In "The Mythical Man-Month," software manager Frederick P. Brooks Jr. explained that adding workers to a software project that was behind schedule would only slow the project down, and not speed it up. This happens because adding new workers forces the existing workers to stop what they are doing to explain to the new workers what has been done, what needs to be done, and what is being done, as well as the increase in time needed for communications among a greater number of workers.
For similar reasons, John McCain's decision to suspend his campaign in order to travel to Washington to intervene in the Congressional efforts to fix the current mess in the nation's credit markets can only slow things down, and not speed things up.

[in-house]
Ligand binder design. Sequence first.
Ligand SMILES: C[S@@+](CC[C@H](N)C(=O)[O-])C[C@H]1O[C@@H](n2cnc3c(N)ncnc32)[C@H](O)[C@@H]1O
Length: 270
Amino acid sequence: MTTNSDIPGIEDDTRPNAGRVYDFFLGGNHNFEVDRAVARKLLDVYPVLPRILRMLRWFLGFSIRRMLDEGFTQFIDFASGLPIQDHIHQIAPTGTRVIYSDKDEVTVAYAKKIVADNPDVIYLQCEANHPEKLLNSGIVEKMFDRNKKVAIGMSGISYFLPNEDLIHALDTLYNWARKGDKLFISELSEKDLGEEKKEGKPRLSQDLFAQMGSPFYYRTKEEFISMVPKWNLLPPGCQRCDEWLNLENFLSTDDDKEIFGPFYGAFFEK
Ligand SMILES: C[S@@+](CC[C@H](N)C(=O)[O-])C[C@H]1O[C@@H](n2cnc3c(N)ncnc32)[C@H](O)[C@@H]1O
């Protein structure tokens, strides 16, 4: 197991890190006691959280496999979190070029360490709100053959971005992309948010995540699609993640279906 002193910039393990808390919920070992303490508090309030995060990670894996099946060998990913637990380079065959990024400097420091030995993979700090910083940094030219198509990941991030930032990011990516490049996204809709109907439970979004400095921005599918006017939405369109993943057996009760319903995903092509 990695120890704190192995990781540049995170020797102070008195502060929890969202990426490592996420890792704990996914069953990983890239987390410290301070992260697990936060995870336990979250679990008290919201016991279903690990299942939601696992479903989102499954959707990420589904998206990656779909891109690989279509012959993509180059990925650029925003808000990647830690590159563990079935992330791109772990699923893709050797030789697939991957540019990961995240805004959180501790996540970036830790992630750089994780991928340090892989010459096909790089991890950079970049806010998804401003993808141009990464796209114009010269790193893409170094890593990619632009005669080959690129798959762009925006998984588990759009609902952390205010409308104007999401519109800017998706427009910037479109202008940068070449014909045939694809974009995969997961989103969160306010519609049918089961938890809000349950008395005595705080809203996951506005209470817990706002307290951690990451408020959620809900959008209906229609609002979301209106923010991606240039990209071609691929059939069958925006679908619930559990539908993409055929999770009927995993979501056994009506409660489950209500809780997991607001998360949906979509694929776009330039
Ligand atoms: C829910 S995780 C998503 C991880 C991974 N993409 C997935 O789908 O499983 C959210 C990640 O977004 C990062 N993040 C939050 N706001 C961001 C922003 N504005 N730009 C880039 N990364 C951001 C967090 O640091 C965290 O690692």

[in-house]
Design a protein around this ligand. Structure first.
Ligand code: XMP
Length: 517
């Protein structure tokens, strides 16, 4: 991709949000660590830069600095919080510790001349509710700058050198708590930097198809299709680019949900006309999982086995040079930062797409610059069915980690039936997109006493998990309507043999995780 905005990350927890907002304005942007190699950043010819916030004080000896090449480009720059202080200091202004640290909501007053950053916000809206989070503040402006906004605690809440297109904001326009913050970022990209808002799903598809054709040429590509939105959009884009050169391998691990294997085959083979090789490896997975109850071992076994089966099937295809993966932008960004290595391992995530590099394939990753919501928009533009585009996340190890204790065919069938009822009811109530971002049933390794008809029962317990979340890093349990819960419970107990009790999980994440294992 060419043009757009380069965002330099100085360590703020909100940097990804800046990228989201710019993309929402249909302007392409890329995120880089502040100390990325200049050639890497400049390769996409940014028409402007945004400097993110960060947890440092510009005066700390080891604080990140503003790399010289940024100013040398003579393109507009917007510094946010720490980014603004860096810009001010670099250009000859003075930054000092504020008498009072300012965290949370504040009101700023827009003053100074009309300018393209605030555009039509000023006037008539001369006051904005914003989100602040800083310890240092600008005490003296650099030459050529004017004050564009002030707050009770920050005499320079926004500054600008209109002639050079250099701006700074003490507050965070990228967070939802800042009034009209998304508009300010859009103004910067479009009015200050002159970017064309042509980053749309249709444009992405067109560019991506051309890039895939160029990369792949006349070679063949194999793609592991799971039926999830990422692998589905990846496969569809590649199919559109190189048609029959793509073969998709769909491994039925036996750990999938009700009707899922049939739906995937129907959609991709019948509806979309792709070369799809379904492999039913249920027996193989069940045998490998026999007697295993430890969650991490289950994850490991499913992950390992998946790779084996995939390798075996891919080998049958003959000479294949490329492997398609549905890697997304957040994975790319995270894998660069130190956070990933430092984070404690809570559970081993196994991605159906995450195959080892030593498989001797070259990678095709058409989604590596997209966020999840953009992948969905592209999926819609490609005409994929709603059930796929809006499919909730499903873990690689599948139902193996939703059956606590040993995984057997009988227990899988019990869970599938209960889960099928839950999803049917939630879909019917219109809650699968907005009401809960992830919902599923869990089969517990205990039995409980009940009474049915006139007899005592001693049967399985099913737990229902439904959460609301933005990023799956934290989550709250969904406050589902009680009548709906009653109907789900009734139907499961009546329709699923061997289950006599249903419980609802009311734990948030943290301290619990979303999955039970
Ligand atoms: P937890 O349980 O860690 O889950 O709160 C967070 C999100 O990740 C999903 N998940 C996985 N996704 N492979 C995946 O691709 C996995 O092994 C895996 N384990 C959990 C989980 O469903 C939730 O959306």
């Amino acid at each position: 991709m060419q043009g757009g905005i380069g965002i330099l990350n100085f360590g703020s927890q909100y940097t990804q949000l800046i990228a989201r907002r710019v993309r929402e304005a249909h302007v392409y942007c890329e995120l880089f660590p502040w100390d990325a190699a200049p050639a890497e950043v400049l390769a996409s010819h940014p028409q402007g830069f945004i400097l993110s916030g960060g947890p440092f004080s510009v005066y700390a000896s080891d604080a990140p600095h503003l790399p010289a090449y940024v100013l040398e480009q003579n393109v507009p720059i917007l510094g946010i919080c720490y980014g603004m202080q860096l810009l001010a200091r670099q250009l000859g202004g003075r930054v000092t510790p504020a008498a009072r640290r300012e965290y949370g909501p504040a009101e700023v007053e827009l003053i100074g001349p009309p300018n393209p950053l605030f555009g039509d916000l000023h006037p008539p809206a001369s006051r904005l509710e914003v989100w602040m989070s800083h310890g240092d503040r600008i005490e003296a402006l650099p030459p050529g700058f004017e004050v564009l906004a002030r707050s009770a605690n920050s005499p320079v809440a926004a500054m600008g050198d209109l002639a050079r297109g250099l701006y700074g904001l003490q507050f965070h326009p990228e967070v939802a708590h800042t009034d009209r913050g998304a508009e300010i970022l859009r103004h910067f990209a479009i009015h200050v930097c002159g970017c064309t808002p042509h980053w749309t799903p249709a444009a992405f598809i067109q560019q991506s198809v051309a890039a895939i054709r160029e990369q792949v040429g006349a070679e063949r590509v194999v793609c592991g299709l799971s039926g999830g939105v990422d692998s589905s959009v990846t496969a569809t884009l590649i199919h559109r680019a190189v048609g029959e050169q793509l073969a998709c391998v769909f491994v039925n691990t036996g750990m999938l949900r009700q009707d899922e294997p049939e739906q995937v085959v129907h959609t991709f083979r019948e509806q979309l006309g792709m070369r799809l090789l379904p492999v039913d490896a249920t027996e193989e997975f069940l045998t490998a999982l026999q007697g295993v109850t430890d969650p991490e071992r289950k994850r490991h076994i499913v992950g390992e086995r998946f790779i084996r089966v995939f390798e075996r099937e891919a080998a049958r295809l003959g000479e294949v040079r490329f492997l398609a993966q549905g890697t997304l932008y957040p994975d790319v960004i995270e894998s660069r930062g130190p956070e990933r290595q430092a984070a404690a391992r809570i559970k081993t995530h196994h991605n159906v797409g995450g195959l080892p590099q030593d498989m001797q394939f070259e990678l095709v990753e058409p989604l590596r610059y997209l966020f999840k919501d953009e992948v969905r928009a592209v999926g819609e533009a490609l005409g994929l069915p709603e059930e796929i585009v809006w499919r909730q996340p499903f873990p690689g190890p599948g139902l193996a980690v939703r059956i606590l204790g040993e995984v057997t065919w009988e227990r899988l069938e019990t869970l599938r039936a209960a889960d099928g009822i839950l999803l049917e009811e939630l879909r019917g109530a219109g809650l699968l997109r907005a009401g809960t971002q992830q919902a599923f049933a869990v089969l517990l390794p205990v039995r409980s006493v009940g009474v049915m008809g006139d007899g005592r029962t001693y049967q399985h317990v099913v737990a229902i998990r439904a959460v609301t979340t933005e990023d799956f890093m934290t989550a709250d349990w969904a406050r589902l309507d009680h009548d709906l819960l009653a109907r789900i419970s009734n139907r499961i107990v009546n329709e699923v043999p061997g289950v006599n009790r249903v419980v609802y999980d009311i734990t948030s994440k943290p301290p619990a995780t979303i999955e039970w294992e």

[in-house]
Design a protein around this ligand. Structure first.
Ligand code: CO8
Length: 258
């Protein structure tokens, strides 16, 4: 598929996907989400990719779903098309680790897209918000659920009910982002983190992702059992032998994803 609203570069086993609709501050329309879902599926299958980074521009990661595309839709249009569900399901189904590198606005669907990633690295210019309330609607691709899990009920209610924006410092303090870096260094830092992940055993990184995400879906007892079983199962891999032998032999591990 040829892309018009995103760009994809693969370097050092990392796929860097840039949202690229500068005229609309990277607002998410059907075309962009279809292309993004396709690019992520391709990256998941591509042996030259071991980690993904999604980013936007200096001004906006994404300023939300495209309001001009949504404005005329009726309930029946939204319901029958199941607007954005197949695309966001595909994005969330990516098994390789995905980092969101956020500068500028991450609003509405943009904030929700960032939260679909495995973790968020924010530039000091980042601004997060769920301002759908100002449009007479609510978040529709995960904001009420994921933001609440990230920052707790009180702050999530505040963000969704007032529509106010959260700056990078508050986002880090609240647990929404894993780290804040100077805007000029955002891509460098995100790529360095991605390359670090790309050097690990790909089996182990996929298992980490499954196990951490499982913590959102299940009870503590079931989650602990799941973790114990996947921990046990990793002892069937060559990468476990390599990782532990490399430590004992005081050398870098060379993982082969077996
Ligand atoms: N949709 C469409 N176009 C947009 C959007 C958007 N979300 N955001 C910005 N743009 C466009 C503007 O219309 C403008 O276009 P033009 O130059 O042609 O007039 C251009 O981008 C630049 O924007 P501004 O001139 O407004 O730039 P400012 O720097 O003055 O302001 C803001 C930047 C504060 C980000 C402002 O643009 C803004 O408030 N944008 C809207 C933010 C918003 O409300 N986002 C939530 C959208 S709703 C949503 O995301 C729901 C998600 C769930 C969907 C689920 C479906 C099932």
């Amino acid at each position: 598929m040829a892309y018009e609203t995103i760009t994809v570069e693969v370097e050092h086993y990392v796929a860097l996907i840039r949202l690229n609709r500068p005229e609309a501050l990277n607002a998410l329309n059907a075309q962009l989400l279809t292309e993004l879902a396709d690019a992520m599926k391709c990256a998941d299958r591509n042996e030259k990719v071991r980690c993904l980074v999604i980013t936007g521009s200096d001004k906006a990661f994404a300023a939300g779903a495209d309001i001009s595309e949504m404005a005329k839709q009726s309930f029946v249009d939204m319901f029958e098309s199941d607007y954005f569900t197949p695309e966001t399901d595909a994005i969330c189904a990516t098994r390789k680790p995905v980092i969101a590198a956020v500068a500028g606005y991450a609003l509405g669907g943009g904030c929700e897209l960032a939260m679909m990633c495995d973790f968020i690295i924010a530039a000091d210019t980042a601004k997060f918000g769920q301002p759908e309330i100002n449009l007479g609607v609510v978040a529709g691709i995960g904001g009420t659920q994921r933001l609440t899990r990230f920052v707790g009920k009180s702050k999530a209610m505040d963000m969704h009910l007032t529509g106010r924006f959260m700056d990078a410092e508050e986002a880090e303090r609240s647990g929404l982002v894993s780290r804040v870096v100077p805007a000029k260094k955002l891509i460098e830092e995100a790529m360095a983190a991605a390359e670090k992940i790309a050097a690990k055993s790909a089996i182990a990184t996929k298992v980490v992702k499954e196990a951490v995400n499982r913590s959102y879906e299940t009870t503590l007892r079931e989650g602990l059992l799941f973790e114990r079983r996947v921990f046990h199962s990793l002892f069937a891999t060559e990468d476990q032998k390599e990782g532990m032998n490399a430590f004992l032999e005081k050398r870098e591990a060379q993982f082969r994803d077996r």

McCain admits he knows nothing about economics, and has also admitted that, as of two days ago, he had not yet read Treasury Secretary Henry Paulson's three-page bailout proposal. It will therefore take a great deal of time to bring McCain current on the economic and political issues at stake, as well as the history and current state of the negotiations within Congress and between Congress and the executive branch.
Unfortunately, McCain can't tell the difference between leadership and showboating, which is why he will almost certainly make things worse instead of better.